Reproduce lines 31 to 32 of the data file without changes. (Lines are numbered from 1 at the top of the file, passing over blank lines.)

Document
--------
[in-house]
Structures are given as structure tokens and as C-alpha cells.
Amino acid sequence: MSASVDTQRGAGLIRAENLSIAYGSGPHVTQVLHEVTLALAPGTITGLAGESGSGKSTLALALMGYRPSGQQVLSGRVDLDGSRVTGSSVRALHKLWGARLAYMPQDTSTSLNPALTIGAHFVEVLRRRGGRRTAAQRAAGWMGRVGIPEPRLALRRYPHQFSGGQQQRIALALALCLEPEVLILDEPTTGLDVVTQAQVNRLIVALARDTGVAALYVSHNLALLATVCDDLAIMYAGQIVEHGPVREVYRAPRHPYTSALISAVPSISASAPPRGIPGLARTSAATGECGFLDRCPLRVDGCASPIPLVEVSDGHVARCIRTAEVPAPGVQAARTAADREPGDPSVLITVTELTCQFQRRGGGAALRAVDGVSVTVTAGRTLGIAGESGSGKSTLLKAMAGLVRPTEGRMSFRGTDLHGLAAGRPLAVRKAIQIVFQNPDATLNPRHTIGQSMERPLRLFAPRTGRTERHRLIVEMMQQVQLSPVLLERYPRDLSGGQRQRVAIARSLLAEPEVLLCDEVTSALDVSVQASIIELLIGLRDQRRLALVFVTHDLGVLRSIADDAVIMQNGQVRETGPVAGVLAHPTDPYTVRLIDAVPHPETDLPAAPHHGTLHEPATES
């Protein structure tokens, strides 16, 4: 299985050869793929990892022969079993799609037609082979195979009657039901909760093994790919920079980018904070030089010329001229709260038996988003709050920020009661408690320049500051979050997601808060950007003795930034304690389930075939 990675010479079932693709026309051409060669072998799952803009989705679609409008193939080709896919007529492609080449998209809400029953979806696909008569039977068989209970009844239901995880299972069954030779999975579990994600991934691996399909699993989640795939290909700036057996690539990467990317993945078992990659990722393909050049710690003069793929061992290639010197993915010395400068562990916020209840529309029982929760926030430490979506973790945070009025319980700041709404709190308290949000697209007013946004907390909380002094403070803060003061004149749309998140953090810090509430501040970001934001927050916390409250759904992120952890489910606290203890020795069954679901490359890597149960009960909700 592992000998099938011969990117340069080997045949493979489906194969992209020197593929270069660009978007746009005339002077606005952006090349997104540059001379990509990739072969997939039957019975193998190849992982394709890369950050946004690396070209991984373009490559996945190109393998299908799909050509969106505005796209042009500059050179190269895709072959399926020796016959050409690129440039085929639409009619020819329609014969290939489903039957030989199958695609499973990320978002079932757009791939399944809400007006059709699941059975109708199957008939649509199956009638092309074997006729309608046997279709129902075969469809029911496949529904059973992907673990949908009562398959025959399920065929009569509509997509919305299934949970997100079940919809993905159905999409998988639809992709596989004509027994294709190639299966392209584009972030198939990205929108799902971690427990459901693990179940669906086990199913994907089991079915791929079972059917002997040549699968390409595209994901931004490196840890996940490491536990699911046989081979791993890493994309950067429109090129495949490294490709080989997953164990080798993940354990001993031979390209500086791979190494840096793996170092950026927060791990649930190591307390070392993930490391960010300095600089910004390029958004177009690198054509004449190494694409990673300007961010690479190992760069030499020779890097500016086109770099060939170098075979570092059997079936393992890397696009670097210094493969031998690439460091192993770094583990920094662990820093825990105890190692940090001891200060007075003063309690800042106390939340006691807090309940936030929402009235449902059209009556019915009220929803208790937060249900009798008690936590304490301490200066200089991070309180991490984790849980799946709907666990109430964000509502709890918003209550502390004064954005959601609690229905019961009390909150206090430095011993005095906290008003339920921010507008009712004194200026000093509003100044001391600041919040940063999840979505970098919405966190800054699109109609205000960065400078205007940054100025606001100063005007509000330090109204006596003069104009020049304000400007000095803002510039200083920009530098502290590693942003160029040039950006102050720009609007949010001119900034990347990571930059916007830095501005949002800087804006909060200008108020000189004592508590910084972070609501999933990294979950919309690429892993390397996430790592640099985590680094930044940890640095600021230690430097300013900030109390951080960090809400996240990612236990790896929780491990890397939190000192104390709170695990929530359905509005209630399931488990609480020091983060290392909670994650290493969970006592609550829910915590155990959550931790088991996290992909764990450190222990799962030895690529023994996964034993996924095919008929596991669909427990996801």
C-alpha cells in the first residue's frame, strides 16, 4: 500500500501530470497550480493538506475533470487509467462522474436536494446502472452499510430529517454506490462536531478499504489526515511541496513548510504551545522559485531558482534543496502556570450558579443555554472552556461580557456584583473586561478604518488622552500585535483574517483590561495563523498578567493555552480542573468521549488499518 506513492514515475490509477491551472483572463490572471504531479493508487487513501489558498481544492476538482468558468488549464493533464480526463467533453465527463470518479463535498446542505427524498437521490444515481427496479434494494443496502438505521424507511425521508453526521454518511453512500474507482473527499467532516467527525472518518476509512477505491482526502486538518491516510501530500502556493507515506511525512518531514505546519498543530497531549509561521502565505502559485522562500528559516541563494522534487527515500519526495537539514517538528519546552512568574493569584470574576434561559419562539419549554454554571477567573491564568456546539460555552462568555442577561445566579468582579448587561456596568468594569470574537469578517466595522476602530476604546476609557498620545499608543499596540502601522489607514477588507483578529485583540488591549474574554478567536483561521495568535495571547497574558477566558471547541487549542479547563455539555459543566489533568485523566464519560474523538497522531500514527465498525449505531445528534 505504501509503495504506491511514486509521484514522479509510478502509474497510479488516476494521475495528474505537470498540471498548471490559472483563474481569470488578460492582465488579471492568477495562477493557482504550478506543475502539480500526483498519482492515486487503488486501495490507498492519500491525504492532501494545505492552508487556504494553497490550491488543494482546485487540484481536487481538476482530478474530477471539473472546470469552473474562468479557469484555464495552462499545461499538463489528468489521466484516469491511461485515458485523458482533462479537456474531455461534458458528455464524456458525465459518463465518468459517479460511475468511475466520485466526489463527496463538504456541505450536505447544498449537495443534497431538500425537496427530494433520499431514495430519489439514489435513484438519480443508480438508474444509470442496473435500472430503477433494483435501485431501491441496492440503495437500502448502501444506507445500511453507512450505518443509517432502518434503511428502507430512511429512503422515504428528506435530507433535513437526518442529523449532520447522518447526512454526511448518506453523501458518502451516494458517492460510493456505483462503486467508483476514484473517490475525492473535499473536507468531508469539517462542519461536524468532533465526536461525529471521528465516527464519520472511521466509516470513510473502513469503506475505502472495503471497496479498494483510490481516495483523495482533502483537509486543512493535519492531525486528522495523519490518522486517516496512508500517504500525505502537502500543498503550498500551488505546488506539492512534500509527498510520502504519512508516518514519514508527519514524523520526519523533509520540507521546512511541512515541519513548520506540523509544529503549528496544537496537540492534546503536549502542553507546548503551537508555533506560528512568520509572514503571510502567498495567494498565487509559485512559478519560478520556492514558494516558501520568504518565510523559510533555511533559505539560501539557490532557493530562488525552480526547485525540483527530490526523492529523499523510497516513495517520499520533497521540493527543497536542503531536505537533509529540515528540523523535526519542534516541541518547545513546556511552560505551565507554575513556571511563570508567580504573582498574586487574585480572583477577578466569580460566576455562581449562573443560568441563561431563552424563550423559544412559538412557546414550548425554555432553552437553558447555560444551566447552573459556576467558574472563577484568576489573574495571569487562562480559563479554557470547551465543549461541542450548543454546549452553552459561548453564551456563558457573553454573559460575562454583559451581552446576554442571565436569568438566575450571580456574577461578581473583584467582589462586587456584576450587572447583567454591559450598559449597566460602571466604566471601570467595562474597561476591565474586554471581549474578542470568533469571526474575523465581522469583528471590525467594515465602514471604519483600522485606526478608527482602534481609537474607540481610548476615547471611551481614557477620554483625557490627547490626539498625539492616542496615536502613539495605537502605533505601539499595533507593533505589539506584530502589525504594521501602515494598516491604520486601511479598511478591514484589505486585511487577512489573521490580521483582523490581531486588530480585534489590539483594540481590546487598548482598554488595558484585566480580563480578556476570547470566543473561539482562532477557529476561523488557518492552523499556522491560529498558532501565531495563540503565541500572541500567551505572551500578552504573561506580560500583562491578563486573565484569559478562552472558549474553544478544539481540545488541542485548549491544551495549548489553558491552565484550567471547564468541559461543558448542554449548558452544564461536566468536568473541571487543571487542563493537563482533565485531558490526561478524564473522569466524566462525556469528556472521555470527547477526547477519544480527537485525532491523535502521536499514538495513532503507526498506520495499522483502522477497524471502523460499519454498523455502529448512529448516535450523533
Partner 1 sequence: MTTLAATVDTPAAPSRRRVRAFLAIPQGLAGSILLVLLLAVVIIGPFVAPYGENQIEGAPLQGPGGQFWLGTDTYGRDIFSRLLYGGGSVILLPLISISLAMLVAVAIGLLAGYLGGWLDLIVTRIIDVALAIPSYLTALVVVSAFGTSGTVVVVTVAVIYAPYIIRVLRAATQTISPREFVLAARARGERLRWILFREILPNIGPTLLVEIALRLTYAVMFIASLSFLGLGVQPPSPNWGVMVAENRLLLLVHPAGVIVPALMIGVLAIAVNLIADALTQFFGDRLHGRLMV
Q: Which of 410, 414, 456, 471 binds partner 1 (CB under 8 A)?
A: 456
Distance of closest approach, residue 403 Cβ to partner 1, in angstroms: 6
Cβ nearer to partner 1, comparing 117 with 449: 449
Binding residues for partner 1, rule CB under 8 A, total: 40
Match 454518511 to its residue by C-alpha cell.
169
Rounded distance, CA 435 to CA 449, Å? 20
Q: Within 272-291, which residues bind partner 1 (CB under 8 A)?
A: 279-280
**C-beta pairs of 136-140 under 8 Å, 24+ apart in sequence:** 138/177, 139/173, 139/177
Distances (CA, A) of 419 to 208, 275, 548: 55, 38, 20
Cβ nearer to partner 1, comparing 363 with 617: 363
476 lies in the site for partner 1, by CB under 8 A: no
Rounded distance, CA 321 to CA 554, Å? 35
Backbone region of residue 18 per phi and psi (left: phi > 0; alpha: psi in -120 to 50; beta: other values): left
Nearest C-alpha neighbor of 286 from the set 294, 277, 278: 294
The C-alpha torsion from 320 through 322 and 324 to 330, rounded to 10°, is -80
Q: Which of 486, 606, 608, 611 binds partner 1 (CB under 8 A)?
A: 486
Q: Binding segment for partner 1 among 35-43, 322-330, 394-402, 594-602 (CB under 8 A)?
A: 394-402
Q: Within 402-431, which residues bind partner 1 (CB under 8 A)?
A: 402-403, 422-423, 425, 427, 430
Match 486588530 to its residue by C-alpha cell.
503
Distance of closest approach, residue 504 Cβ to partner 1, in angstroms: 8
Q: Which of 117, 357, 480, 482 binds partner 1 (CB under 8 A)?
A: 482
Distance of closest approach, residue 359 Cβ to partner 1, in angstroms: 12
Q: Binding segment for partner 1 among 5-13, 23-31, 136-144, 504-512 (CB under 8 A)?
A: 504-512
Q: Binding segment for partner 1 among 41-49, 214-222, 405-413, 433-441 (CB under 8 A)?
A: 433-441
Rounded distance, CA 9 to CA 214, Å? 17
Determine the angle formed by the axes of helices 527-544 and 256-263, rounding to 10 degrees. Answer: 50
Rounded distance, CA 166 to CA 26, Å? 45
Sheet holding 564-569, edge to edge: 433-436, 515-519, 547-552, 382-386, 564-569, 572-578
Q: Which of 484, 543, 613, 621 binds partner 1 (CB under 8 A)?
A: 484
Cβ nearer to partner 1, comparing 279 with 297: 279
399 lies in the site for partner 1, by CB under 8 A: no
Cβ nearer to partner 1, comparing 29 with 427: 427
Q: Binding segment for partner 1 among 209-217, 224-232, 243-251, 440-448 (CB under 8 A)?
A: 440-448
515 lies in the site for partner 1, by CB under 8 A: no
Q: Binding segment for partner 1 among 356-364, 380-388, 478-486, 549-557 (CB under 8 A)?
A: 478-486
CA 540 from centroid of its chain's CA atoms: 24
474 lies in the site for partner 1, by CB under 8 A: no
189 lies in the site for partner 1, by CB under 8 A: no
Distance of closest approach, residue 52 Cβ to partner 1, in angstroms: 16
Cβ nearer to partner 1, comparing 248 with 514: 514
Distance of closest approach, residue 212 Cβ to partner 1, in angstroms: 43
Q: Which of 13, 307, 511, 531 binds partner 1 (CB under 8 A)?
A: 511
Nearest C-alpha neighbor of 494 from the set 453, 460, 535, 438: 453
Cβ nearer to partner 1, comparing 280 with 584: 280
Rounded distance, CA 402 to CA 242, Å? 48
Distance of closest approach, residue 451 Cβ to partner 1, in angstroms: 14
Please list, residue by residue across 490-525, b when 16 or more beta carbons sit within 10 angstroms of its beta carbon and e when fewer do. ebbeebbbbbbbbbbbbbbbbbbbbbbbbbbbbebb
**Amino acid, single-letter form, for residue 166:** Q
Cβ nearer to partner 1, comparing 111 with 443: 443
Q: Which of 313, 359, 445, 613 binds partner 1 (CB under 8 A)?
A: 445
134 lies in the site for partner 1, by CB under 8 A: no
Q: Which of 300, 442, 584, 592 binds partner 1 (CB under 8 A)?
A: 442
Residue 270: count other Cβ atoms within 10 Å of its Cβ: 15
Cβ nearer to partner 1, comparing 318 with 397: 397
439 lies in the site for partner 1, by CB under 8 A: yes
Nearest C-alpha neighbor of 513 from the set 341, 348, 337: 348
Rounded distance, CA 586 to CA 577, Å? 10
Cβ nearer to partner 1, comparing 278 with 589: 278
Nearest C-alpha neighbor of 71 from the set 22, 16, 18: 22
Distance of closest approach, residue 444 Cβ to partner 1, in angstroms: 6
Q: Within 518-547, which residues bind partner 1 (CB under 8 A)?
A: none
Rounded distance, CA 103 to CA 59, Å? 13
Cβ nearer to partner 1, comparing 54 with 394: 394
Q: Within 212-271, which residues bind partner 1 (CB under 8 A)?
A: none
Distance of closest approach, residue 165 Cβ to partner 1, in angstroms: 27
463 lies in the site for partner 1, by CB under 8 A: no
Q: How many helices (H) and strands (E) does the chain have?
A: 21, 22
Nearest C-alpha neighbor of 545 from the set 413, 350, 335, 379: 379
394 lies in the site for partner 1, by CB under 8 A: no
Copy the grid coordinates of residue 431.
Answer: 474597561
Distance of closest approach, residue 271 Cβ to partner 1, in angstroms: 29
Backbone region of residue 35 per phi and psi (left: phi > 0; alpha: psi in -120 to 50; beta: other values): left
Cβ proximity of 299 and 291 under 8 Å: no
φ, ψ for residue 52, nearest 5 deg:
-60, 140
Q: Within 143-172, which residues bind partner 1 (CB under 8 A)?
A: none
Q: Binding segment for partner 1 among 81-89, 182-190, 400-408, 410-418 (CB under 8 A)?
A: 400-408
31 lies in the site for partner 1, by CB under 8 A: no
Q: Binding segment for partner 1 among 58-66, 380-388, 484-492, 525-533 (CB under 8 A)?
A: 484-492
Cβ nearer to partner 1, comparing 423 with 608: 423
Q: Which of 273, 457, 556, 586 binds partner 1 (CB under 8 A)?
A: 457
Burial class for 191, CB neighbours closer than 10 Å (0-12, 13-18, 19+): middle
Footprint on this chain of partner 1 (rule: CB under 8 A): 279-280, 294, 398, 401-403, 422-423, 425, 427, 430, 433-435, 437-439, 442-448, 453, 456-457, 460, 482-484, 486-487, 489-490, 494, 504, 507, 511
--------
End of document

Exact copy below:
Match 486588530 to its residue by C-alpha cell.
503